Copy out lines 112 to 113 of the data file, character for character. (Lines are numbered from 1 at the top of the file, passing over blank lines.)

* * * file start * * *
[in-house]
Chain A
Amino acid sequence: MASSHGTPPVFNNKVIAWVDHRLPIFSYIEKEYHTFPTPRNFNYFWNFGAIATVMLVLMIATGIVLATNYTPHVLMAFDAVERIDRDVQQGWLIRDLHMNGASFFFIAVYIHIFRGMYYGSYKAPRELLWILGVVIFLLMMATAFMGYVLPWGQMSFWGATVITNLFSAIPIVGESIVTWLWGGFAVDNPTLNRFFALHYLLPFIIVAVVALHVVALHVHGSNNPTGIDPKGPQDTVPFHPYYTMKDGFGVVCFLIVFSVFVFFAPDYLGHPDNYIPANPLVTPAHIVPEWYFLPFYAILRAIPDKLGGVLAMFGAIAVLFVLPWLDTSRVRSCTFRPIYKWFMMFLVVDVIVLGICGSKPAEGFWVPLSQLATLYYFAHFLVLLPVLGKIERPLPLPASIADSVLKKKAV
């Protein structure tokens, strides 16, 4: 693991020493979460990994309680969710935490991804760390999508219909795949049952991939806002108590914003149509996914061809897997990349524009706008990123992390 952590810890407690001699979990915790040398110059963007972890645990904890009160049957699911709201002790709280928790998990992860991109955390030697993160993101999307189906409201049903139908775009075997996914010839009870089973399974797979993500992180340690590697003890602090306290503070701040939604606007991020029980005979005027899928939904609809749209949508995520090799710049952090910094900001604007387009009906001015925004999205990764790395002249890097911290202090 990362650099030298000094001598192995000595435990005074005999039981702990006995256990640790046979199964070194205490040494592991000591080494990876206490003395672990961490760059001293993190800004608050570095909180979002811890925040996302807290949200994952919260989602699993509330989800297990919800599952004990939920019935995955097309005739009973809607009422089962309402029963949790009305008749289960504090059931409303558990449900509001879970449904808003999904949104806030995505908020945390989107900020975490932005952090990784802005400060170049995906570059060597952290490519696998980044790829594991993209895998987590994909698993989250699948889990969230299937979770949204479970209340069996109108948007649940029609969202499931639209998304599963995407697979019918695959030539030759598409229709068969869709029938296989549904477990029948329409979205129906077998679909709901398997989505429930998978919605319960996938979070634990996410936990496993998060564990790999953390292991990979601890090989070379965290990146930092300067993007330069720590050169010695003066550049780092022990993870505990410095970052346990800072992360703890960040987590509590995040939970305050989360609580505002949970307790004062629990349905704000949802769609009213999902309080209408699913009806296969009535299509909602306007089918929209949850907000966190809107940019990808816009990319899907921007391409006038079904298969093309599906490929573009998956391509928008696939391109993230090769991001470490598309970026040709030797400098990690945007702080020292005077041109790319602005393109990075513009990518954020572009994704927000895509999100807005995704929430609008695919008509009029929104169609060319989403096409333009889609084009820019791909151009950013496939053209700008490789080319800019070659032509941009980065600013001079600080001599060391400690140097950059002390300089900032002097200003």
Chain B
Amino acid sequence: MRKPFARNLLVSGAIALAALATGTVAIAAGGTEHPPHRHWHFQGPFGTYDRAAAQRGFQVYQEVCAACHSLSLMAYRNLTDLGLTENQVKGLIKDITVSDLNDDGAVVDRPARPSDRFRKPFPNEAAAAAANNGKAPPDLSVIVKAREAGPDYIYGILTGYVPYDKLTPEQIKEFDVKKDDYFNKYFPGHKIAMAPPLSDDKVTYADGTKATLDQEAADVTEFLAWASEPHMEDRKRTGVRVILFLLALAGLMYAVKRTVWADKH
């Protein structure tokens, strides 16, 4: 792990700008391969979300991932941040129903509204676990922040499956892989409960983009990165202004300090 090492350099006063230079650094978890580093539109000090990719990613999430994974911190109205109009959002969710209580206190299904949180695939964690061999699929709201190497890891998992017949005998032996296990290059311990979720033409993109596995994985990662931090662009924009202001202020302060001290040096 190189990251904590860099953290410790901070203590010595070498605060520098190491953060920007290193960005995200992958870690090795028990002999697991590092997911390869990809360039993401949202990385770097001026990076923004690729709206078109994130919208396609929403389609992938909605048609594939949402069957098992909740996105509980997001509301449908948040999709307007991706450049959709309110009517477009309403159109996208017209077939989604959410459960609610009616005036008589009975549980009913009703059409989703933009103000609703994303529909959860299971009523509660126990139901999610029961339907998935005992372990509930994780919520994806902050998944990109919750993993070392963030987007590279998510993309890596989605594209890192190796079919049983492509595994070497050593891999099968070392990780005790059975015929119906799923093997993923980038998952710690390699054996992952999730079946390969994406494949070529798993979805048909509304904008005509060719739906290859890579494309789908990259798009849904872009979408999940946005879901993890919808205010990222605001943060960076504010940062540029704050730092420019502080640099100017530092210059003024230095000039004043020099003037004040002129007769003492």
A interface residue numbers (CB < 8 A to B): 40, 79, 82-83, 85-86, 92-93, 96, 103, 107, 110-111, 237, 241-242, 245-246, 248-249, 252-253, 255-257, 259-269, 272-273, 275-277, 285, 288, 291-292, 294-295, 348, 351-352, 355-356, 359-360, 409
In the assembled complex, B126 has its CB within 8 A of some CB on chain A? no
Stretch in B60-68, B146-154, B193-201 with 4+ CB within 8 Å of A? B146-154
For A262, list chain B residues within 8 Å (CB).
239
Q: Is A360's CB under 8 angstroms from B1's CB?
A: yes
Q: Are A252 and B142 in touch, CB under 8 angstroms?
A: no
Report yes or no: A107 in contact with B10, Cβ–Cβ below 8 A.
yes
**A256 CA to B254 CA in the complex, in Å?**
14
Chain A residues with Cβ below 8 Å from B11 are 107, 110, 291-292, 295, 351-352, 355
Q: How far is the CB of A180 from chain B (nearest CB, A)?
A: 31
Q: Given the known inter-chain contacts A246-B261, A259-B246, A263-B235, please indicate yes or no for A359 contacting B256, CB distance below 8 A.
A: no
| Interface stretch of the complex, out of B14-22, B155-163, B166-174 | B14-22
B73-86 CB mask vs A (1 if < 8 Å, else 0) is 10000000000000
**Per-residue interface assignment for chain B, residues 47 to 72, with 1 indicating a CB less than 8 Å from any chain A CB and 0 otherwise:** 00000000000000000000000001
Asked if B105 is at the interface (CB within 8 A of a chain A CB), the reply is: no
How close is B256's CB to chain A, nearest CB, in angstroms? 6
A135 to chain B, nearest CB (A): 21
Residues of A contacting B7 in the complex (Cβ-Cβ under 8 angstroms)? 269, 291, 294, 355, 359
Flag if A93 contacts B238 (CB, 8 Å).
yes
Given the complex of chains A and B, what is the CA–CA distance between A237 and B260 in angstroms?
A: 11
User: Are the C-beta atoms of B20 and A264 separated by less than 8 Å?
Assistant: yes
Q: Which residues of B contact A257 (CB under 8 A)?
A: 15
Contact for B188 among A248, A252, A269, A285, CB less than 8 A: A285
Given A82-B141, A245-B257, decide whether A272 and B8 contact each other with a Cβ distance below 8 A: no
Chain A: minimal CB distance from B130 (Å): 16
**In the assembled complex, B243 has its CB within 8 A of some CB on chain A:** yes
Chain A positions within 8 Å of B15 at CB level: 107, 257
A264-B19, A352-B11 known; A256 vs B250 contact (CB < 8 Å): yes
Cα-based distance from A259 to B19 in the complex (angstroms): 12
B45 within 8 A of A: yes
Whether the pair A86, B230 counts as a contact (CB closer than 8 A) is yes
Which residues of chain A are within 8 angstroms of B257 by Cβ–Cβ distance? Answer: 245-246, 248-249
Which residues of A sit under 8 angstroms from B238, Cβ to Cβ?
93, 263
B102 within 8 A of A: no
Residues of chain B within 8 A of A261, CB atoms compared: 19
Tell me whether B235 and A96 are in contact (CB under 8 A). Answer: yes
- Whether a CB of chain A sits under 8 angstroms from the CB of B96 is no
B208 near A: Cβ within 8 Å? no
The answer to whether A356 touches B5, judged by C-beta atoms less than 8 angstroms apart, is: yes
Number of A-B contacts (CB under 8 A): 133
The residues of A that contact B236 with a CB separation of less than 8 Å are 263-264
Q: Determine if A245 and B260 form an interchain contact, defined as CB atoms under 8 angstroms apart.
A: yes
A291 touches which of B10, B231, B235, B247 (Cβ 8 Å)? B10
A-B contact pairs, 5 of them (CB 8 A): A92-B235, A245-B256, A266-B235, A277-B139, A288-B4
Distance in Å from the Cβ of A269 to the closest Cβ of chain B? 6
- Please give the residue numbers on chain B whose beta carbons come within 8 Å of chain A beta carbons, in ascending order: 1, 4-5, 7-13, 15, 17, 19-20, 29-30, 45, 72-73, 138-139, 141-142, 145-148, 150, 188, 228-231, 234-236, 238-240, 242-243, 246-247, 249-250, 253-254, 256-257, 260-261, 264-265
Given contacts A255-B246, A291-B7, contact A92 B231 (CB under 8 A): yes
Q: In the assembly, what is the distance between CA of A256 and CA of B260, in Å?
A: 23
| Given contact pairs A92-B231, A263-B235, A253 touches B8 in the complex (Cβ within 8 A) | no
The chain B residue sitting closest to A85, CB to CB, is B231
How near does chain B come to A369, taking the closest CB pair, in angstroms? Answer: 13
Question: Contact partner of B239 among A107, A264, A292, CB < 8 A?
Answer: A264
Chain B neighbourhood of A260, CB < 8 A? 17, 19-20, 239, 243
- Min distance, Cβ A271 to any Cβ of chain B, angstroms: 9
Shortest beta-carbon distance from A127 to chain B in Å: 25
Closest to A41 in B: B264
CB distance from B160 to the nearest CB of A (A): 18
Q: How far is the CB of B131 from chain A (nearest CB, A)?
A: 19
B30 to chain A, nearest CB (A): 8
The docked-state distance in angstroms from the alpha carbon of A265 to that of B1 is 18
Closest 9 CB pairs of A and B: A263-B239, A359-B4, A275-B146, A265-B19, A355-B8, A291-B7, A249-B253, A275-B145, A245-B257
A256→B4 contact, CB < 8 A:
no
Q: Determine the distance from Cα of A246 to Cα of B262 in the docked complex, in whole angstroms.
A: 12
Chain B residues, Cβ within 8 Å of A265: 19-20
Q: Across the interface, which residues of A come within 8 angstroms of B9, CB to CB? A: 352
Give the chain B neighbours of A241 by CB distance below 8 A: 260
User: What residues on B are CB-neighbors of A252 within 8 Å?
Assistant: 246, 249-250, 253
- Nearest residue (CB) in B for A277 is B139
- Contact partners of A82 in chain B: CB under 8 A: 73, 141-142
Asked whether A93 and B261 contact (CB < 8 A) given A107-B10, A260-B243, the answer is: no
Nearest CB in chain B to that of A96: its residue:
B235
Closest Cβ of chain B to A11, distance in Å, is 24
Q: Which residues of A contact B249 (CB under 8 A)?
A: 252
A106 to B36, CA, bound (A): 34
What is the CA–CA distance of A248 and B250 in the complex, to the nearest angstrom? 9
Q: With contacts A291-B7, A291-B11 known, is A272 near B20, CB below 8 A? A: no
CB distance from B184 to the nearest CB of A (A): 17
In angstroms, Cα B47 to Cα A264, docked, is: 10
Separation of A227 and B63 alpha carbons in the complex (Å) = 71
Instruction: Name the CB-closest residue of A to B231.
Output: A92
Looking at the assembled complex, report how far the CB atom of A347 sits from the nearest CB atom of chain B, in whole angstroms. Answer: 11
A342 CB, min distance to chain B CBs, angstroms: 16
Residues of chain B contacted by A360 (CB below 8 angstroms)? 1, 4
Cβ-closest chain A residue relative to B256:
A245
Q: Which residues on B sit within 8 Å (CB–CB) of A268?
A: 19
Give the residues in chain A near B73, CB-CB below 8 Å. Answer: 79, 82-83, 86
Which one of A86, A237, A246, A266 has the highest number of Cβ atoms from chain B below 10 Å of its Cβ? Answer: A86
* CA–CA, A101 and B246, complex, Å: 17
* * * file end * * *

Residues of chain B contacted by A360 (CB below 8 angstroms)? 1, 4
Cβ-closest chain A residue relative to B256: